The Hottest Commodity on Earth
For years, investors who've gotten tired of losing tons of money in the stock market have looked to commodities to try to preserve and grow their capital. Providers of exchange-traded funds were more than happy to grab on to this trend, providing new ways to buy into the commodity craze.
But past attempts to tailor ETFs to capture commodity profits have often met with utter failure. Now, a new ETF seeks to avoid all the problems that its predecessors have faced -- but it will soon meet plenty of competition as other ETF providers race to get into what is turning into the next gold rush among commodity investments.
The other yellow metal
Investors seeking safe havens amid falling stock markets have often looked to gold, especially over the past 10 years as the yellow metal has seen its price move from less than $300 per ounce to as high as $1,900. But more recently, commodity investors have turned to copper as a way to play a combination of favorable macroeconomic trends, ranging from investor demand for real tangible assets to the continuing infrastructure buildout in emerging-market countries around the world. Moreover, with labor problems facing major producers including Freeport-McMoRan Copper & Gold (NYS: FCX) and Southern Copper (NYS: SCCO) , supply constraints have also played a role in keeping prices relatively high. Other miners, including Taseko Mines (ASE: TGB) and Ivanhoe Mines (NYS: IVN) , also have taken advantage of high copper prices to boost production and development activity.
But in the stock market rout back in August and September, that rosy outlook got a little less clear. Copper prices collapsed by about 30%, and many copper miners suffered even worse drops. With Chinese growth called into question and the troubles in Europe supporting gains in the U.S. dollar, which typically hurts commodity prices, the bull case for copper looked much less certain. Since then, prices have gained somewhat but are still well off their highs.
Gimme an E! Gimme a T! Gimme an F!
With this backdrop, the ETF company United States Commodity Funds rolled out its United States Copper Fund (CPER) last week. Rather than investing in mining companies that produce copper, the ETF holds direct positions in copper futures contracts.
At first glance, this seems like a very efficient way to get copper exposure. The problem, though, is that past ETFs from this provider, including United States Natural Gas (NYS: UNG) and United States Oil (NYS: USO) , have run into a huge problem stemming from a peculiarity in the pricing of futures contracts, known as contango. In a nutshell, because future-month futures contracts had higher prices than current-month contracts, these ETFs consistently suffered minor losses every month when they rolled their positions forward before contracts expired. In the oil ETF, the phenomenon turned big gains for oil into much less lucrative gains for the ETF. In natural gas, the effect was even worse, as the ETF lost the vast majority of its value despite gas prices not falling nearly as dramatically.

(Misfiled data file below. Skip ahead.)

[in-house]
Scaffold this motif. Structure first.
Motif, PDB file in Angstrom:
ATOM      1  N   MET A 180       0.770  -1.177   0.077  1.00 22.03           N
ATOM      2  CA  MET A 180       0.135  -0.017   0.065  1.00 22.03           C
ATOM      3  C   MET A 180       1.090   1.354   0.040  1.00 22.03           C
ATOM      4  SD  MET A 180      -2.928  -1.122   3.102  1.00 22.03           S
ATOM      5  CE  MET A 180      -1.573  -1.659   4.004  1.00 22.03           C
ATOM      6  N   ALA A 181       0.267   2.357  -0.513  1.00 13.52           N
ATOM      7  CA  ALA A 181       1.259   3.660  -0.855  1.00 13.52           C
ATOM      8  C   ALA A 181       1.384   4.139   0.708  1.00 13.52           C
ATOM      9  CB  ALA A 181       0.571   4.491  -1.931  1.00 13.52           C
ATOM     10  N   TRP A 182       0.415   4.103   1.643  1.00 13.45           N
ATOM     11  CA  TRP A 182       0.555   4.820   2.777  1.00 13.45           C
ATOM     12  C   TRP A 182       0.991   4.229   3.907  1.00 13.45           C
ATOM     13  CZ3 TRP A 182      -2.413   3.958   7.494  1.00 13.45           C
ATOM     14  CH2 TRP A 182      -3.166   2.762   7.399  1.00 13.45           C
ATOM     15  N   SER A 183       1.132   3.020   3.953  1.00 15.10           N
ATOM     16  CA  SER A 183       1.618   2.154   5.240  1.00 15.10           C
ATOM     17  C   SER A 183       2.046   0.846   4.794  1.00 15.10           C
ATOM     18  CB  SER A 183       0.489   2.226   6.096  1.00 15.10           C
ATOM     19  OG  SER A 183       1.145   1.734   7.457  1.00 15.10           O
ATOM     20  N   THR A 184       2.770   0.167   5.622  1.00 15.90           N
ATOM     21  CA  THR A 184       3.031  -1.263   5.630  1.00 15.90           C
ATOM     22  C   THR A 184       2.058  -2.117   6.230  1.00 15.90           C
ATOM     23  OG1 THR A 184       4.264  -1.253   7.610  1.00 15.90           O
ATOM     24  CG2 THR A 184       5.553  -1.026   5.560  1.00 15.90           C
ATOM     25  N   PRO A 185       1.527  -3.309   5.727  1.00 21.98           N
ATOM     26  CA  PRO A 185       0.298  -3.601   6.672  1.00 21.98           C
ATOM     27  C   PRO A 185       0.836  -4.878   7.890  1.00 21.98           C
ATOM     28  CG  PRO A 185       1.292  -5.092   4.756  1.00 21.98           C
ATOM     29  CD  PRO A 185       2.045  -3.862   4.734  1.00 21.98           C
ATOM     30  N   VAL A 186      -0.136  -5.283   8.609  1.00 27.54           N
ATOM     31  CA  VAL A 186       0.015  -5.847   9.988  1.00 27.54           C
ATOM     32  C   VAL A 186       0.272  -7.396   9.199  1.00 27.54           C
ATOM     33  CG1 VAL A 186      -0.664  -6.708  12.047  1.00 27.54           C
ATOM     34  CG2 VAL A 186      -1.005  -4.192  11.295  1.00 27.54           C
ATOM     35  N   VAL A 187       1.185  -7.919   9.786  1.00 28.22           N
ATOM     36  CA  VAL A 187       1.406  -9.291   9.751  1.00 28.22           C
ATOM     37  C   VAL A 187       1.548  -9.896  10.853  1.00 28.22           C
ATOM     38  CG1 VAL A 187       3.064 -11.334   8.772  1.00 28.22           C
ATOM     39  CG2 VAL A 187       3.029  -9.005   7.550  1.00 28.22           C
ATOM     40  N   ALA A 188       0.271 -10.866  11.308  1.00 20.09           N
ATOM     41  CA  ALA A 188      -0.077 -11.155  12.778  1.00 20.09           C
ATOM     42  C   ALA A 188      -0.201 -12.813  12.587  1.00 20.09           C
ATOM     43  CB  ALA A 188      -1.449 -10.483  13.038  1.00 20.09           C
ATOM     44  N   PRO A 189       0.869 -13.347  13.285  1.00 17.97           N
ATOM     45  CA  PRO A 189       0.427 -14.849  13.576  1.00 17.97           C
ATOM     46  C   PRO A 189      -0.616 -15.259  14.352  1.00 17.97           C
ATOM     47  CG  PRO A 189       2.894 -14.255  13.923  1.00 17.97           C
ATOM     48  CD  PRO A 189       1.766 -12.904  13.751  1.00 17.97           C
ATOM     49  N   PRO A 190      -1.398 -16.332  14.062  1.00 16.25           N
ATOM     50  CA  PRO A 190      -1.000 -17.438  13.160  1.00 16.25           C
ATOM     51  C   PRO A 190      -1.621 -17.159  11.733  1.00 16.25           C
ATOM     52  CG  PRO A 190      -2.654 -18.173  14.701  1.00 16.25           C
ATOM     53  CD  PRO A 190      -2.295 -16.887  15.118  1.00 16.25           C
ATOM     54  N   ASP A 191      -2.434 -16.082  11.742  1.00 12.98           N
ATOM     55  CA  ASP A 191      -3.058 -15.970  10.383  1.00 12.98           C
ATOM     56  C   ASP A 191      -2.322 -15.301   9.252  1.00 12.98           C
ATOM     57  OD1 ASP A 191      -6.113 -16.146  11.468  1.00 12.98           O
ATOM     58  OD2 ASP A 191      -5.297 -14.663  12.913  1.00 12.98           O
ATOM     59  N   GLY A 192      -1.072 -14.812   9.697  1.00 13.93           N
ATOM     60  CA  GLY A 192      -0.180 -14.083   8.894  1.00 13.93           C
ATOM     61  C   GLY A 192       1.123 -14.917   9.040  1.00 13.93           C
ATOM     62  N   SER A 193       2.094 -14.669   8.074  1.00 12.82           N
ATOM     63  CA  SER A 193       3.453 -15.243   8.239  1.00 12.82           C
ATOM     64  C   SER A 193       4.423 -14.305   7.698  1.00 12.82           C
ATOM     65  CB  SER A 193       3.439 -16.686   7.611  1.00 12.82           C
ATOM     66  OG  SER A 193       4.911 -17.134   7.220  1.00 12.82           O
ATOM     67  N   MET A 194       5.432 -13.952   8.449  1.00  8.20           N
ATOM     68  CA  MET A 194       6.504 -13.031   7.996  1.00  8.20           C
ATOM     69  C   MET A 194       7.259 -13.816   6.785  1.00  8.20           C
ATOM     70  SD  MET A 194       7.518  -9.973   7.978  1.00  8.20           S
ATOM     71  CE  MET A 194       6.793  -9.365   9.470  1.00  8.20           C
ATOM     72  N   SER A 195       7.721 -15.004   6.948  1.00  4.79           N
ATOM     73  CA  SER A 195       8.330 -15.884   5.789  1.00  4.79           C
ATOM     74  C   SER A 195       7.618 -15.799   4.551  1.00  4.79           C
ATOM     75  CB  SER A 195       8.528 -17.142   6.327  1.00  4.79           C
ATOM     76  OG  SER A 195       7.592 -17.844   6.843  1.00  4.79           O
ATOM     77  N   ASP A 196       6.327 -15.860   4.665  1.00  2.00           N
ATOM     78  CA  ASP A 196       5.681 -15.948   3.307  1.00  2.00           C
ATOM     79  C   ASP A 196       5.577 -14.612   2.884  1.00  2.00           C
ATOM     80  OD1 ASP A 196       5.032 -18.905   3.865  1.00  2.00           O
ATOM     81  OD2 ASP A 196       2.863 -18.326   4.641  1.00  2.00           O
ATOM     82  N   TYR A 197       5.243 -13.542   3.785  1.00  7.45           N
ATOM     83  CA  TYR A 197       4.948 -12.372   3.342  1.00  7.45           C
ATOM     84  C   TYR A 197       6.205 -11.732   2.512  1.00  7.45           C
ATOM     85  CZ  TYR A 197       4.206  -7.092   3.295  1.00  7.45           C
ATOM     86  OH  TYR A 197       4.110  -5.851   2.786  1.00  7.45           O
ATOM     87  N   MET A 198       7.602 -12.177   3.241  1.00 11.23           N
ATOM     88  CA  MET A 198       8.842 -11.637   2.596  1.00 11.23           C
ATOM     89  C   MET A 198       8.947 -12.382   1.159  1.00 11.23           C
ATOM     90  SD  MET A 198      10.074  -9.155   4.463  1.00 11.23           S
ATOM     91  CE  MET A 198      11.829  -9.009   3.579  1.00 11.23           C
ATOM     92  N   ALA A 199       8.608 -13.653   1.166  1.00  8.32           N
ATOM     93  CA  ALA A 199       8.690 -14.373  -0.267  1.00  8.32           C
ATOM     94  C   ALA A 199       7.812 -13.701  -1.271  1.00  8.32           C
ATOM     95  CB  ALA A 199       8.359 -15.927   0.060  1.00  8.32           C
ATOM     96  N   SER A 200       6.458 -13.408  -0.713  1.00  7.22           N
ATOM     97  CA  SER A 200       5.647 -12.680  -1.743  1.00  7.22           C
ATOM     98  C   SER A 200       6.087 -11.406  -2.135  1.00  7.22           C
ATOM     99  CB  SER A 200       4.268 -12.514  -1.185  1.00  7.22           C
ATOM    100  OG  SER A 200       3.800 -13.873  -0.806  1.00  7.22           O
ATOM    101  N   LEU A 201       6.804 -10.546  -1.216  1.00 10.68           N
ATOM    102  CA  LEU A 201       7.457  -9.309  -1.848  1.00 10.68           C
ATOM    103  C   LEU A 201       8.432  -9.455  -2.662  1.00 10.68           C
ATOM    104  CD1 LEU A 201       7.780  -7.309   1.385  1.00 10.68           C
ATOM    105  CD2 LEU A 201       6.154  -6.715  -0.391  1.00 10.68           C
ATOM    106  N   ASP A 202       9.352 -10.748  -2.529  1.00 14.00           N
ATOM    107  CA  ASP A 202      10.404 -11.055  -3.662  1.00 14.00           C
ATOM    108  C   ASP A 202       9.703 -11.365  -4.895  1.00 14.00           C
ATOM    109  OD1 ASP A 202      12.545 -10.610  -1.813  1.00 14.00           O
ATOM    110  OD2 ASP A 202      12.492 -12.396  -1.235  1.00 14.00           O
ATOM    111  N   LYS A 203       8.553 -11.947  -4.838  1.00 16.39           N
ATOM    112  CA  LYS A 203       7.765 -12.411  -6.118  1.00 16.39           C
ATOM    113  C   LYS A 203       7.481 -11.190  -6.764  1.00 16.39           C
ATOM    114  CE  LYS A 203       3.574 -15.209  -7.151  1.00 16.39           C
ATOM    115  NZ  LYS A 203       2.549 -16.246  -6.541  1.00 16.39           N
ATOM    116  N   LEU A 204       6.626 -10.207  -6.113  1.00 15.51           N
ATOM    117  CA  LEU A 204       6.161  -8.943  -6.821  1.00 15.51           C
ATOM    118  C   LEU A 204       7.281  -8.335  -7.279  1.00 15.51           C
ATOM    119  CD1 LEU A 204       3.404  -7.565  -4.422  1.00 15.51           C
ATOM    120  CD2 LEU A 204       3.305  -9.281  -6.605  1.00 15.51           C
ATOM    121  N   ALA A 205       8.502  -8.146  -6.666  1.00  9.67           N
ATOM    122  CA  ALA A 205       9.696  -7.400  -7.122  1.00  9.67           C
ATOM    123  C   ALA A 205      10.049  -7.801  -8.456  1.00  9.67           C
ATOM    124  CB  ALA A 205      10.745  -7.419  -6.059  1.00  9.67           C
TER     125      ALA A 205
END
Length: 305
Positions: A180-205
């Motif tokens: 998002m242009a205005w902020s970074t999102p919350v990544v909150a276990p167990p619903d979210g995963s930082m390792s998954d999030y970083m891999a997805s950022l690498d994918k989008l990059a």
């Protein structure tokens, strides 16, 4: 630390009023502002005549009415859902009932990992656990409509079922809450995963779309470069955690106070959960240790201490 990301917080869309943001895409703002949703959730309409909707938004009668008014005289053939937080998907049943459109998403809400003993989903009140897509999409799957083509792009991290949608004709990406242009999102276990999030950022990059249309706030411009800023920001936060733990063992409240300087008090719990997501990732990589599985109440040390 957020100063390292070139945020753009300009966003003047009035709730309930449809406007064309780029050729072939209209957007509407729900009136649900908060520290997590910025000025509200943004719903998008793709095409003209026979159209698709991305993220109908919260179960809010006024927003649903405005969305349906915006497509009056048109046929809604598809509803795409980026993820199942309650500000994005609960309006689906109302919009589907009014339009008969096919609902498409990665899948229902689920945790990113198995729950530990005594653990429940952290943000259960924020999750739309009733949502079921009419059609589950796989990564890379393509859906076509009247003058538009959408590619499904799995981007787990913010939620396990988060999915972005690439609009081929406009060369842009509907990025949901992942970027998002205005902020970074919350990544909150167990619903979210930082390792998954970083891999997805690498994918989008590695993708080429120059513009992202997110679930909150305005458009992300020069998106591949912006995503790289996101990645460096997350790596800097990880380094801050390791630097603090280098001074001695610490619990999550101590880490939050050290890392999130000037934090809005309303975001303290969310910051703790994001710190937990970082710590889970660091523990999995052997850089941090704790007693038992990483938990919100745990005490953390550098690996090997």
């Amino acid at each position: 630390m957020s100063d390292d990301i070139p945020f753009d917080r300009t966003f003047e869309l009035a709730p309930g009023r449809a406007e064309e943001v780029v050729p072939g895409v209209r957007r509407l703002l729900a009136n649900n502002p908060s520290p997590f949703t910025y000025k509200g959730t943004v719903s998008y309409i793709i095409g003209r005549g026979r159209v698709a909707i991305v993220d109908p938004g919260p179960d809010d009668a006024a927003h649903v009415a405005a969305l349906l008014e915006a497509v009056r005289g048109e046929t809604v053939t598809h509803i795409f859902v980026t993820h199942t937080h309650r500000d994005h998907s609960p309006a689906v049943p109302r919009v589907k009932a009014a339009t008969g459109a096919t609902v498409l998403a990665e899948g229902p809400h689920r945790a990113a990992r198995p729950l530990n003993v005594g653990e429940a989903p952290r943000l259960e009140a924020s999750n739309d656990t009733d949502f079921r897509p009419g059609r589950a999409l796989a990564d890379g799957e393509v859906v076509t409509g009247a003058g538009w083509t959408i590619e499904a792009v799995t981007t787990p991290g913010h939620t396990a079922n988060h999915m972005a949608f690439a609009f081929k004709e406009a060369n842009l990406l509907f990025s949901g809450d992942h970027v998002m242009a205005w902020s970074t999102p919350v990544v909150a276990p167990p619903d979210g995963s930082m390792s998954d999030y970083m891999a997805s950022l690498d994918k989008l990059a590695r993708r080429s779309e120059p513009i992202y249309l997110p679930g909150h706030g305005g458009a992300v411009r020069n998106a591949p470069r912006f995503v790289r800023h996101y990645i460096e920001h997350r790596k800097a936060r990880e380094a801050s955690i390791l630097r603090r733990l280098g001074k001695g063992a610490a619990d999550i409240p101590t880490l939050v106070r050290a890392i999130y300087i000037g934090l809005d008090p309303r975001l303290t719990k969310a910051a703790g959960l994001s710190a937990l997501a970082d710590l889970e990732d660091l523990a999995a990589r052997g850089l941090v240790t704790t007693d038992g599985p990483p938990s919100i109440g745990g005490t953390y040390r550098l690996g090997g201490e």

A new solution?
The new copper ETF seeks to avoid this problem by providing rules that help fund managers pick the best futures contracts for efficient copper exposure. Again, in simplest terms, the formula results in the ETF picking the futures contracts that will produce the smallest losses in unfavorable markets while maximizing gains when markets are more favorable.
Whether and how well the strategy will work remains to be seen. But after several years of commodity ETFs basically ignoring the problem entirely, it's encouraging to see ETF providers taking steps to protect their investors from the vagaries of the futures markets.
The simplest of all
Expect to see more ETFs join the ranks of copper investments in the near future. Both iShares and JPMorgan (NYS: JPM) plan to release products that will actually own physical copper. By avoiding the futures markets entirely, these funds hope to grab the same success that metal-backed gold and silver ETFs have enjoyed for years -- although with the sheer mass of metal involved, storage costs will be far more onerous than with precious metals.
For investors, the best way to own copper may well still be through mining companies. With the potential to earn dividends as well as capital gains from higher copper prices, miners give you chances to make the most from copper's rise. That's a combination that's as good as gold.
The right combination of ETFs can give you a winning portfolio. Be sure to check out The Motley Fool's free special report on ETFs and get yourself the funds you need to succeed.
At the time this article was published Fool contributor Dan Caplinger likes shiny things. You can follow him on Twitter here. He doesn't own shares of the stocks mentioned in this article. The Motley Fool owns shares of Freeport-McMoRan Copper & Gold and JPMorgan Chase. Try any of our Foolish newsletter services free for 30 days. We Fools may not all hold the same opinions, but we all believe that considering a diverse range of insights makes us better investors. The Fool's disclosure policy polishes up your portfolio real nice.
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